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Posted on Mar 4, 2020 in Blog, Chile, Writing

Announcing Work in Progress Awards!

Announcing Work in Progress Awards!

Update 3/28/2020: The deadline for the SCBWI Work-in-Progress Awards has been extended until April 15.

Now that it’s March, the SCBWI (Society of Children’s Book Writers and Illustrators) once again announces its submission period for Work-in-Progress Awards. Last year was the first for the Translation Grants, and this year, the winning translation — along with the other winners — will receive no monetary grant but rather the recognition that comes from this prestigious award along with presentation “to a hand-selected group of editors for their consideration.” There are a few exceptions, monetary grants funded by renowned SCBWI members. One is the Don Freeman Grant for Illustrators, one for published illustrators and one for not-yet-published artists looking to break into the field. Another is the Anna Cross Giblin Grant to help with research for nonfiction projects, and a third is the Karen Cushman Grant for a not-yet-published writer over the age of 50.

Calling all illustrators! There are monetary grants for you.

The awards are for work in progress in the following categories: picture book text, picture book illustrations, chapter books/early readers, middle grade, young adult fiction, nonfiction, multicultural fiction or nonfiction, and translation. More information about the awards and the general rules are here.

Last year I applied for the Translation Award (then a grant), and I promised myself I’d apply again with a different project this year. Each application contributes toward the continuation of the award, but a confluence of events both fortunate and unfortunate meant I never had a chance to work on a new translation this year. (Note to self: Don’t leave things for the last few weeks, in case you break some bones and are laid up.) I hope a translator reading this piece submits an entry because I can’t, as the award not only helps the individual project but also raises the visibility of children’s books in translation overall.

GringolandiaMany years ago, however, I actually won a SCBWI Work-in-Progress Award, and it made a difference in an unexpected way. Back in the late 1980s (and until recently, when funding tightened), the awards were actual monetary grants that helped the writer in a number of ways. I applied in 1989 for what was then the Judy Blume Grant for a Contemporary YA Novel with an earlier version of Gringolandia and a promise to use the money to live in Chile for a month (I’d been invited by prominent pro-democracy musicians to witness the transition from dictatorship to democracy) and interview former political prisoners like Daniel’s father in the novel. I submitted the first chapter and a synopsis and won a grant. I’d been working with an editor for a major house, but after I received the grant and before I left for Chile, the editor decided not to continue working with me. I took the trip anyway and did the research, but when I returned home, I shelved the project.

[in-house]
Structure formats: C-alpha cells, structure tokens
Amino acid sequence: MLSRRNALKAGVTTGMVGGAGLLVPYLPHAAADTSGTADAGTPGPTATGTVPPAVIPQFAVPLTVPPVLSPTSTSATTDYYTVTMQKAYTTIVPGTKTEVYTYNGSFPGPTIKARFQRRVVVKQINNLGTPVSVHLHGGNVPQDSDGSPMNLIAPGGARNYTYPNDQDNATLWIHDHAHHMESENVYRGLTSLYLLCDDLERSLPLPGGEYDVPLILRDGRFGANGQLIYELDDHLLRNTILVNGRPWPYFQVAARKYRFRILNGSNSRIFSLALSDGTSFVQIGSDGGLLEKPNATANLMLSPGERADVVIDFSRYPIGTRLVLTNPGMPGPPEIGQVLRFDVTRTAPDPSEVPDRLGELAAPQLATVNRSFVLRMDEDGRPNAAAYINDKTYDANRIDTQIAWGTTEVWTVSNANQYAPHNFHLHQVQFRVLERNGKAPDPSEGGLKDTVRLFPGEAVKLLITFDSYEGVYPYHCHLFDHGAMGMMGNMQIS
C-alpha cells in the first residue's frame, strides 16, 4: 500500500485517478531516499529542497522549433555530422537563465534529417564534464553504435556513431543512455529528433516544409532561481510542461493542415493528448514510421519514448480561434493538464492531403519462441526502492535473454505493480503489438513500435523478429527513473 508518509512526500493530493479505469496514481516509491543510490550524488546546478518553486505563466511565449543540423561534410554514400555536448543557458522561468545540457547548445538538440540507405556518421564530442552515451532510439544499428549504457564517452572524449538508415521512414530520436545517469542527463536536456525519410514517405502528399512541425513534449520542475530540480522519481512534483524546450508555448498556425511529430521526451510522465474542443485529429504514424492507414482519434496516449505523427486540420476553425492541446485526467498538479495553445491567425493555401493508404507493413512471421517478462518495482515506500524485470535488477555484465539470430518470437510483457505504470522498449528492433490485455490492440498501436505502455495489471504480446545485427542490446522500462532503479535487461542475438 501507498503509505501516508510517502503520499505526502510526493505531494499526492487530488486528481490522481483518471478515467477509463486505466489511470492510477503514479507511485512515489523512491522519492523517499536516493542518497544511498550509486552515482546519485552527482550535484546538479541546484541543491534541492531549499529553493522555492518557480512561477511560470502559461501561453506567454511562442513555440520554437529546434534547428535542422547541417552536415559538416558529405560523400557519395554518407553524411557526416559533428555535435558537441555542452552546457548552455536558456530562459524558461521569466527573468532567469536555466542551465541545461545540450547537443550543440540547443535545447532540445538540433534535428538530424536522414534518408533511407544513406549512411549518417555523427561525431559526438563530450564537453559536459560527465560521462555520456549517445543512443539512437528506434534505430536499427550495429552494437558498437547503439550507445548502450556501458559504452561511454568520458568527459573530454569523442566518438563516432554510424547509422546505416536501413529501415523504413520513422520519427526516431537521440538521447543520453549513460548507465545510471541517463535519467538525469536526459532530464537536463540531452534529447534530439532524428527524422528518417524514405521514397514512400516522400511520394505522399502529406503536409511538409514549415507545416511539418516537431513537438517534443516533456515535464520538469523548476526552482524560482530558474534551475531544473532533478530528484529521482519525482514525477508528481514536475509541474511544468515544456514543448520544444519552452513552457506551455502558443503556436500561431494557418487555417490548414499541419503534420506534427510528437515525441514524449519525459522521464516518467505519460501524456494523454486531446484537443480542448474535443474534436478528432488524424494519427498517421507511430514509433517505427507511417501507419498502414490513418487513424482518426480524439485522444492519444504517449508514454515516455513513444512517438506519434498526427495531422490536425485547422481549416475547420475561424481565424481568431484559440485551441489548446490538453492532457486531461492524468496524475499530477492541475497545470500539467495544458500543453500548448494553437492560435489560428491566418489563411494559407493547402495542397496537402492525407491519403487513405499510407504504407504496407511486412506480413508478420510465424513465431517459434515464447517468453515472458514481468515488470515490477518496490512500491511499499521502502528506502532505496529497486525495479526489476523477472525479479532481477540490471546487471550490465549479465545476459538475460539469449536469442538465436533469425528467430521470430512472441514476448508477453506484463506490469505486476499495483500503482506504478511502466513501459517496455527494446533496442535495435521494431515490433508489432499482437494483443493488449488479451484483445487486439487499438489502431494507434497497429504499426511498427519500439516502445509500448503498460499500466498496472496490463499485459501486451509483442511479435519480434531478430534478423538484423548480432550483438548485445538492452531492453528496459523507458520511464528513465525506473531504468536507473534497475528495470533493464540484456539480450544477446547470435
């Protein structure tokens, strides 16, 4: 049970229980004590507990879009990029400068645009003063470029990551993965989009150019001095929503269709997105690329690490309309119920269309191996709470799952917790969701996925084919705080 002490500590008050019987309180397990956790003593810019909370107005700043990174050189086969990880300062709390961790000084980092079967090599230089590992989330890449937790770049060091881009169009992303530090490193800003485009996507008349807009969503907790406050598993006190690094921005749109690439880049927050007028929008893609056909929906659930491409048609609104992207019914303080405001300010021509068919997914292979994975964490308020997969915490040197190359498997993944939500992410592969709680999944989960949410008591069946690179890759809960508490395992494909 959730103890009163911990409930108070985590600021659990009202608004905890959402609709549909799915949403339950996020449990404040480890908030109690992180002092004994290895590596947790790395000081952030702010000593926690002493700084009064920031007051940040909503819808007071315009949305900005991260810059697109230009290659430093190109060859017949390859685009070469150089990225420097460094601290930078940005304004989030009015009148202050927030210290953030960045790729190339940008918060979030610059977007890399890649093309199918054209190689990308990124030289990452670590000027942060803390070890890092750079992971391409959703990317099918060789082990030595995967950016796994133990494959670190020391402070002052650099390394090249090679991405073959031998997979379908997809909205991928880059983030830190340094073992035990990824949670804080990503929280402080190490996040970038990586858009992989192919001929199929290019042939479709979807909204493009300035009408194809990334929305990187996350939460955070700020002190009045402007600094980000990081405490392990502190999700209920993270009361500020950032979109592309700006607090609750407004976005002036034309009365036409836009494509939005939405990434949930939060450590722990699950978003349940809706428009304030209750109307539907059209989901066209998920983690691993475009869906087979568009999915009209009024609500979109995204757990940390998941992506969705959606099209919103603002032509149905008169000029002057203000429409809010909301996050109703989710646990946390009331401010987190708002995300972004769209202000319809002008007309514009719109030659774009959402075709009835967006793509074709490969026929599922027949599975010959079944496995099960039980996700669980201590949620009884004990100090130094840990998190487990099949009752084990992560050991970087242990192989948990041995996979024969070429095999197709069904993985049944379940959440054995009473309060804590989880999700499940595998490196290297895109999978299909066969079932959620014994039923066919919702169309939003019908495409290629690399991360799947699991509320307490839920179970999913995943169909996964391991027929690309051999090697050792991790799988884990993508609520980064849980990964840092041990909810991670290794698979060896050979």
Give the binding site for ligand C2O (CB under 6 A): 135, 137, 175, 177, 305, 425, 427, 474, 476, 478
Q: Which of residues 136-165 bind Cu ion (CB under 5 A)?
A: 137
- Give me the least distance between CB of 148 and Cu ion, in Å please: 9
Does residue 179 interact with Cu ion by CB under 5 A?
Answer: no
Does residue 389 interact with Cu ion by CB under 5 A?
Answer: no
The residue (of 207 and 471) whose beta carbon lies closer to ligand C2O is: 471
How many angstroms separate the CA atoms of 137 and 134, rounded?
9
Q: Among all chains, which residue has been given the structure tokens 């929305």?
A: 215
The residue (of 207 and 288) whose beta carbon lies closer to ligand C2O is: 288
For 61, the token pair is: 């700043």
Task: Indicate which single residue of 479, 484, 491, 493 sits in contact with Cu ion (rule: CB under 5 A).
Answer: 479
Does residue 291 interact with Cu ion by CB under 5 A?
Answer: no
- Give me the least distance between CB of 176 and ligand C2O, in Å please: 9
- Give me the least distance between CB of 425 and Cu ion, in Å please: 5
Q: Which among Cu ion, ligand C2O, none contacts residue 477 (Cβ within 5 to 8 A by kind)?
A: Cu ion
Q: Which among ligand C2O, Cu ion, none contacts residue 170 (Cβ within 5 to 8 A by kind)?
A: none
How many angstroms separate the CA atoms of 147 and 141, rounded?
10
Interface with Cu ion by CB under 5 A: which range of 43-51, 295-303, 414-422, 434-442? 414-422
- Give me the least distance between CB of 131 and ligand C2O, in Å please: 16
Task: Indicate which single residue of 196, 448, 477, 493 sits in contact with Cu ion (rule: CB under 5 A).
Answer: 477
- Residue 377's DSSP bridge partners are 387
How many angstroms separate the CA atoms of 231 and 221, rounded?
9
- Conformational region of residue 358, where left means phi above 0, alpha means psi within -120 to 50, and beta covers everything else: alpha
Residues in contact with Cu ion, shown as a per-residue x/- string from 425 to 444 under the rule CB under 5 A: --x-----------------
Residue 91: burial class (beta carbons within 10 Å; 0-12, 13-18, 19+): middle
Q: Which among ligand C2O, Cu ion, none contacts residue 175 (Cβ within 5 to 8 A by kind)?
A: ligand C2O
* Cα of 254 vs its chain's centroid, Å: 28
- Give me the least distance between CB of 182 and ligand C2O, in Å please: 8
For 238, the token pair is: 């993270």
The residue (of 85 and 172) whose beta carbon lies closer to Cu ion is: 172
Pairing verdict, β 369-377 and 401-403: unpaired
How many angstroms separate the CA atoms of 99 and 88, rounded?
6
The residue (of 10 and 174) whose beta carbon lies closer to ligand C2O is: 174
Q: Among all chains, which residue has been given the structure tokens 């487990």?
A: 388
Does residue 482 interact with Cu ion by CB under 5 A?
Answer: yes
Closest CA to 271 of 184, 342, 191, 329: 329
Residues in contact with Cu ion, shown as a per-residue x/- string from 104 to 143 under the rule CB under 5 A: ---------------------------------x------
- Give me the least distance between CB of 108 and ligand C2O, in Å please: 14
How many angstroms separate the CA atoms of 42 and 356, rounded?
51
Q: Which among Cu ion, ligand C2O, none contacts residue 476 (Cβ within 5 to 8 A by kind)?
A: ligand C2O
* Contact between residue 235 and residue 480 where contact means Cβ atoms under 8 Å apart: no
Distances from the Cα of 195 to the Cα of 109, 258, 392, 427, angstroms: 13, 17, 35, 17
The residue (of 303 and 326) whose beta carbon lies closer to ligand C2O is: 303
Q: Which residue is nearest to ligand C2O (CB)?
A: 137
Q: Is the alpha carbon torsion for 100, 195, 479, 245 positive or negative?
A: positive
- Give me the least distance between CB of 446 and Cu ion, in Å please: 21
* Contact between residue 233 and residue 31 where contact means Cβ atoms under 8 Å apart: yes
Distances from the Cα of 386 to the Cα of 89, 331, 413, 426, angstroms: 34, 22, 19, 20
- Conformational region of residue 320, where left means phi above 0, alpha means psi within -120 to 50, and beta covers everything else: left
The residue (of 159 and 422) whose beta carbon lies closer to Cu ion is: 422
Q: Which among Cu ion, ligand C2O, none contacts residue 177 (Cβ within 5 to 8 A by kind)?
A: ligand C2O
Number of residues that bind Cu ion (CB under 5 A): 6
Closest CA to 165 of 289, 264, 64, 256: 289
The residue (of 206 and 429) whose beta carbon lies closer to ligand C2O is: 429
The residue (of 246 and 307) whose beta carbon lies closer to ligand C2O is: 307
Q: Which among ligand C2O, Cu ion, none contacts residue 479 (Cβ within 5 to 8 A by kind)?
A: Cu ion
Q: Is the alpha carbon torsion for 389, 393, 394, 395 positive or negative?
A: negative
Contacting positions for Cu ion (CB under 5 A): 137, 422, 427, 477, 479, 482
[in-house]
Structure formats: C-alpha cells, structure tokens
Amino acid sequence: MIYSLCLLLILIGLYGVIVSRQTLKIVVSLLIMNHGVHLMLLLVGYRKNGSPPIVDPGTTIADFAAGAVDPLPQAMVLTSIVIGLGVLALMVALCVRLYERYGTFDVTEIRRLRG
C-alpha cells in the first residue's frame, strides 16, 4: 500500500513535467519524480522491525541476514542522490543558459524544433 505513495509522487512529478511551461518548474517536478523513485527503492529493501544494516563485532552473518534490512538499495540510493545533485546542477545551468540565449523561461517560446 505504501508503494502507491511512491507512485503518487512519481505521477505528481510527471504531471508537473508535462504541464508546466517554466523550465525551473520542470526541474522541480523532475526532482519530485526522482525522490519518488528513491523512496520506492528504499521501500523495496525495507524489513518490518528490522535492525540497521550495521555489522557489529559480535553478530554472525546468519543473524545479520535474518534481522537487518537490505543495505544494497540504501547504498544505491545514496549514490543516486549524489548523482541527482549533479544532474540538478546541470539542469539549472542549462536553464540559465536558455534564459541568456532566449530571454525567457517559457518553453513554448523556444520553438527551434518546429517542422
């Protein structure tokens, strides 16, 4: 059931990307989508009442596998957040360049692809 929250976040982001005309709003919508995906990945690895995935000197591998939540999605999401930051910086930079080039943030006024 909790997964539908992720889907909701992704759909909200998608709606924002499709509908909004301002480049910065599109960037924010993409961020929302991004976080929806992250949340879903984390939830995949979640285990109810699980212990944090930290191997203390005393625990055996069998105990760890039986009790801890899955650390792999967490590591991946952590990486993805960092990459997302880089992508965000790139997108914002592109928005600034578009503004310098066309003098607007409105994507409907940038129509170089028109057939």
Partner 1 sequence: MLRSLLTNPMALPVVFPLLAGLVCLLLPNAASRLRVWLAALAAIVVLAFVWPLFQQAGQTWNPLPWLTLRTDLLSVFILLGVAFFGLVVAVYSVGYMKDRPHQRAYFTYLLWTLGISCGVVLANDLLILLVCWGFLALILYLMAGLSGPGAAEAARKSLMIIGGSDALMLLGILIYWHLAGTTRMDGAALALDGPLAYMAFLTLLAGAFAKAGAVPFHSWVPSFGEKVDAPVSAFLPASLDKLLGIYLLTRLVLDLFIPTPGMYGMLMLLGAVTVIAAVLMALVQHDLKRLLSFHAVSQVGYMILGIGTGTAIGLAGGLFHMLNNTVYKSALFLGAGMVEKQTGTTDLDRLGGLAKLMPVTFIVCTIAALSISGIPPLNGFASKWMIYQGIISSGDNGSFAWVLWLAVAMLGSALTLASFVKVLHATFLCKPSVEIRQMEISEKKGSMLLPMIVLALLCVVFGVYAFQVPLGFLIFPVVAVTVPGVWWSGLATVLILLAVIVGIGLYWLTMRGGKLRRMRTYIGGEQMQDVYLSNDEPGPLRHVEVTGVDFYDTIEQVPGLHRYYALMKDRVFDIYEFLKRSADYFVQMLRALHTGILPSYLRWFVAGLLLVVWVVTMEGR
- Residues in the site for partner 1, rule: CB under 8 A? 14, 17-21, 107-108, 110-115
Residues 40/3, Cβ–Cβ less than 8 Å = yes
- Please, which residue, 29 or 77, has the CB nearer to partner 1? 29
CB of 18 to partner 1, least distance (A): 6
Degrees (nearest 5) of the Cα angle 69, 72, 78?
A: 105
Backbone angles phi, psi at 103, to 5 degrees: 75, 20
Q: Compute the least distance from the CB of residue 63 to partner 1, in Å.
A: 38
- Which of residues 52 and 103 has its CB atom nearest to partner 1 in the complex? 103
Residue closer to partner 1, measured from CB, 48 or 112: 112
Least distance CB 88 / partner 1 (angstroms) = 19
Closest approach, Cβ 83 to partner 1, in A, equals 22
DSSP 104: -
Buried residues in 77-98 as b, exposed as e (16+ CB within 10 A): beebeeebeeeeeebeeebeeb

Surviving Santiago by Lyn Miller Lachmann -- Cover image

The SCBWI grant for Gringolandia had extra mileage when the novel got a companion in 2015.

For years, the SCBWI grant nagged at me. I know that, as the award website says, winning is no guarantee of publication. But I was ashamed of my decision to give up. Eighteen years after winning the grant and losing the contract, I returned to the manuscript, rewrote the entire book except for the initial chapter that won me the grant (which is still quite close to what it was in 1989 in case you want to check it out), and submitted it to the small press that held the option. When it came out in 2009 Gringolandia was not longer a Contemporary YA novel but a historical one. As a historical novel, it continued to win awards. It inspired a sequel, Surviving Santiago, which takes place around the time I was in Chile to do the research. Had I not won the grant and received the money to travel there and interview human rights activists, I likely would have never returned to the characters that were, at the time and even today, so close to my heart.

Celebrating a friend’s award with a pizza. Unfortunately, she’s on a gluten-free diet.

The submission period for the SCBWI Work-in-Progress Awards runs until March 31. I hope my experience with Gringolandia inspires you to apply. While the awards are competitive, the process is subjective, and many worthy projects aren’t chosen, the more you put yourself and your work out there, the better your chances. You can’t win if you don’t play!

The 2020 Work-in-Progress Awards are open to all SCBWI members irrespective of publishing status, though some are restricted to writers who have not yet published a book. Again, the rules, FAQs, and application links are here.


    • Thank you, Beverly! And that SCBWI award made a huge difference in the fates of both those books.

  1. Thanks for the reminder, Lyn! I need to apply as well.

    • I hope you do! Fingers crossed for you this year!

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